No. This is arguably one of the most important aspects to grasp about being a landlord.
If you are using property for the generation of any sort of rental i ncome, however you may think about yourself, the insurance industry and other various legal bodies will consider you to be a landlord.
Typical owner-occupier buildings and contents insurance will never be valid for a property being used for letting purposes. In other words, you must have policies that recognise the nature of the use of your property and those policies are generically referred to as landlords’ insurance.
There are two situations which occasionally confuse some of what might be termed informal landlords into thinking otherwise:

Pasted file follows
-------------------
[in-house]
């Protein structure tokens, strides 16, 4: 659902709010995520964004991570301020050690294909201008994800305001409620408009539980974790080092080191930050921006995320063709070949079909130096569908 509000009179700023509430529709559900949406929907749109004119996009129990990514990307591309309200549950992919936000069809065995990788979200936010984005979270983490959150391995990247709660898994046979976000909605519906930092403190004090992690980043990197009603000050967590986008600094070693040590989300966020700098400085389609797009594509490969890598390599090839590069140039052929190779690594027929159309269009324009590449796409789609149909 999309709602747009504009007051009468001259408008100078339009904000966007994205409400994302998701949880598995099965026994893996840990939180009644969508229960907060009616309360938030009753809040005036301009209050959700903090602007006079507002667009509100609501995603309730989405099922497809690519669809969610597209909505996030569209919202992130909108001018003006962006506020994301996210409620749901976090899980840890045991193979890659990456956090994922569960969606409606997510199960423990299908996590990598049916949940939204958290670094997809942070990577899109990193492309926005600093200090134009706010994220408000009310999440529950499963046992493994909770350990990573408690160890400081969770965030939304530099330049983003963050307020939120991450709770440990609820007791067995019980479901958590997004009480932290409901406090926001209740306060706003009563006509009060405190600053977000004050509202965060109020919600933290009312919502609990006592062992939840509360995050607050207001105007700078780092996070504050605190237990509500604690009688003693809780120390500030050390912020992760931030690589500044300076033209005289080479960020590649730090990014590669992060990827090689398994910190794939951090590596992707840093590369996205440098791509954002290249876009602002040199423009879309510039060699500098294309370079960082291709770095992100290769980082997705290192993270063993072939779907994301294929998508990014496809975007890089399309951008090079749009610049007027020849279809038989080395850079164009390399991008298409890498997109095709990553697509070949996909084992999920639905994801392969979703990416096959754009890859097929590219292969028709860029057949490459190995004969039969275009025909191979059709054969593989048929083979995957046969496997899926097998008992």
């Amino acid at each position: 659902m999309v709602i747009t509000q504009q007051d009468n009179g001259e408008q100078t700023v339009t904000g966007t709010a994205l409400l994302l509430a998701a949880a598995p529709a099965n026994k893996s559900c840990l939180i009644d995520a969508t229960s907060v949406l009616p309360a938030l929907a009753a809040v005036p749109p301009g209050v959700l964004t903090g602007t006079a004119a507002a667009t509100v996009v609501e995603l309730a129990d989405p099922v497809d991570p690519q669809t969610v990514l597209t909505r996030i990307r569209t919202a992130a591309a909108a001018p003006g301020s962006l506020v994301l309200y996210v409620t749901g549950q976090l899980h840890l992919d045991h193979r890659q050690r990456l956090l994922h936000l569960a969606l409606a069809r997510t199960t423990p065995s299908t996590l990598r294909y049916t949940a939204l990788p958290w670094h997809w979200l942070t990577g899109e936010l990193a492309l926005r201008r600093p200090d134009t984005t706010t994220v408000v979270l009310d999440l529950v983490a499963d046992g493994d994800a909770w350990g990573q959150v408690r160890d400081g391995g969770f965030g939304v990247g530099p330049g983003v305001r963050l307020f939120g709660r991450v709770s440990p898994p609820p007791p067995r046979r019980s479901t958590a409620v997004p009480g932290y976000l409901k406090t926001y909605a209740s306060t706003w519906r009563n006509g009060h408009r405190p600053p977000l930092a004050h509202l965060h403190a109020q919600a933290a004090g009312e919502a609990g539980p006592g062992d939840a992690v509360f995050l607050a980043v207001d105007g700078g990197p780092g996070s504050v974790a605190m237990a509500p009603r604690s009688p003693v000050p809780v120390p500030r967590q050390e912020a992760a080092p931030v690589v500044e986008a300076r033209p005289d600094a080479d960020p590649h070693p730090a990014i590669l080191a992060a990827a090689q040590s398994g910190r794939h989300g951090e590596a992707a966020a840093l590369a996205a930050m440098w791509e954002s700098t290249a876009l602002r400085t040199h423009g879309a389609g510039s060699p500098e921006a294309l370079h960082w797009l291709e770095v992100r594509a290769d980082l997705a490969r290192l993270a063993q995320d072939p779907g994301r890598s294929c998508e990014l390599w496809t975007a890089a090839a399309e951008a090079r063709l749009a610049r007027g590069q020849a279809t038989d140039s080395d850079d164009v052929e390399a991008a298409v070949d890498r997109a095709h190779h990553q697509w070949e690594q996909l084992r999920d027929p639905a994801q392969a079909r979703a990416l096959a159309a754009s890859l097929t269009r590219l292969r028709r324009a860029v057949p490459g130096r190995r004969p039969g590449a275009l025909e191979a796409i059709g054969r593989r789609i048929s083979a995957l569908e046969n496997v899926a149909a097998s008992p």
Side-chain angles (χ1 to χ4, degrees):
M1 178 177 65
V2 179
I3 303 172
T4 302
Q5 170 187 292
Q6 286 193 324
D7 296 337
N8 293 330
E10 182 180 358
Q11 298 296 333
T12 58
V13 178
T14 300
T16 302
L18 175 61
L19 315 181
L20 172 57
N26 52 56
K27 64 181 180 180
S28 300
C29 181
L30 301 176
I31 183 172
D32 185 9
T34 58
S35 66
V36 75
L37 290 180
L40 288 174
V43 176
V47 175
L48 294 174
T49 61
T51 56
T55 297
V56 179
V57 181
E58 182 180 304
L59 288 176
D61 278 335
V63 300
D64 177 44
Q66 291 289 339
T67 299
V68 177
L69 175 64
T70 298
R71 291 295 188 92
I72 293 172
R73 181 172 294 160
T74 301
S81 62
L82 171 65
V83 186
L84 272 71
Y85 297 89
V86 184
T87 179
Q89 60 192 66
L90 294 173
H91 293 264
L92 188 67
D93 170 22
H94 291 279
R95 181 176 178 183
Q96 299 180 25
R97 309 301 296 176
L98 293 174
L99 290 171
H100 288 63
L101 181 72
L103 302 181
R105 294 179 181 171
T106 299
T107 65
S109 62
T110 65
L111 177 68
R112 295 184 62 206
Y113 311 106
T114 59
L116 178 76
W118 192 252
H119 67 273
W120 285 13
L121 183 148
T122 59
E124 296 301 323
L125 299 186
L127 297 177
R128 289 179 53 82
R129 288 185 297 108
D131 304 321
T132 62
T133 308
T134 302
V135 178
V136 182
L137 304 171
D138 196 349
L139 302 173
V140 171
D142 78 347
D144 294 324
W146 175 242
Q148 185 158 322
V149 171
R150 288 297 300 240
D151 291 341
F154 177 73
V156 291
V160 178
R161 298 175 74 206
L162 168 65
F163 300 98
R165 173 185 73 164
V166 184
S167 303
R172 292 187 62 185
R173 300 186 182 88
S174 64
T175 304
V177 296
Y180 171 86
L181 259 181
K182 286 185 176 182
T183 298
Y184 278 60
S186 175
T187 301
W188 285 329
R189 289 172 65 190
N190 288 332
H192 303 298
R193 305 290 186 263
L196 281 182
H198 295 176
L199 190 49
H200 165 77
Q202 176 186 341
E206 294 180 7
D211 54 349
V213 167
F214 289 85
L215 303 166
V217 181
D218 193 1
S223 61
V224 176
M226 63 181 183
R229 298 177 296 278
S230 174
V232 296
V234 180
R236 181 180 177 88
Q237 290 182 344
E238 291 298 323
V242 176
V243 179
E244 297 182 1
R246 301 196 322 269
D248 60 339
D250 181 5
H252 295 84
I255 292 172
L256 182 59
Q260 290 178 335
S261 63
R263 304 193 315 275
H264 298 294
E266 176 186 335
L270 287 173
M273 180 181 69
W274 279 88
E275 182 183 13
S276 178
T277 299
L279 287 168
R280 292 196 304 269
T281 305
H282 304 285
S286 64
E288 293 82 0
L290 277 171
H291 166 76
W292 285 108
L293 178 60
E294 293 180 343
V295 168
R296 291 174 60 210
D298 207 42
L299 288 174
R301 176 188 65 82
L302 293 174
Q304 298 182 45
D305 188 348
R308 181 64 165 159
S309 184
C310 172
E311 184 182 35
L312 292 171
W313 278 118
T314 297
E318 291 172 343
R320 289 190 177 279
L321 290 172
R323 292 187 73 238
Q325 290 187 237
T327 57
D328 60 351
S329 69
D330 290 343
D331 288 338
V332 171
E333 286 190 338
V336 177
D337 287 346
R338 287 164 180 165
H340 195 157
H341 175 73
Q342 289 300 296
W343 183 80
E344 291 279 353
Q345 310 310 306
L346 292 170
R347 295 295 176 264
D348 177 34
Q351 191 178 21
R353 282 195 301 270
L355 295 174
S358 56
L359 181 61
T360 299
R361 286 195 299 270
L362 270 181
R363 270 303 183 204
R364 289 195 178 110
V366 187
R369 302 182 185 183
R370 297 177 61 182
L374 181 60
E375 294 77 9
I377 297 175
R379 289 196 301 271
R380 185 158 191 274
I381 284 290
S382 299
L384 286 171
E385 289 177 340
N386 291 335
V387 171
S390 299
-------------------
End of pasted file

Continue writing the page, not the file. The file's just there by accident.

- where you are only letting your property for a few weeks each year – for example during the holiday season;
- in circumstances where you remain permanently resident in the property but are letting a part of it out to someone else.
You should note that typically, these types of circumstances will make no difference at all to your insurance provider. You will still be earning rental income from your property and that will invalidate any existing owner-occupier cover you have in place.
This isn’t just a question of designation.
If you have an owner-occupier mortgage, you should seek the permission of your mortgage lender before starting to use your property for rental income generation. Once you have obtained their permission, they will continue to demand that you maintain full insurance cover for the buildings in order to protect their interests.
If you fail to do so you may be in breach of your mortgage agreement and to avoid that you will need to take out landlords’ insurance.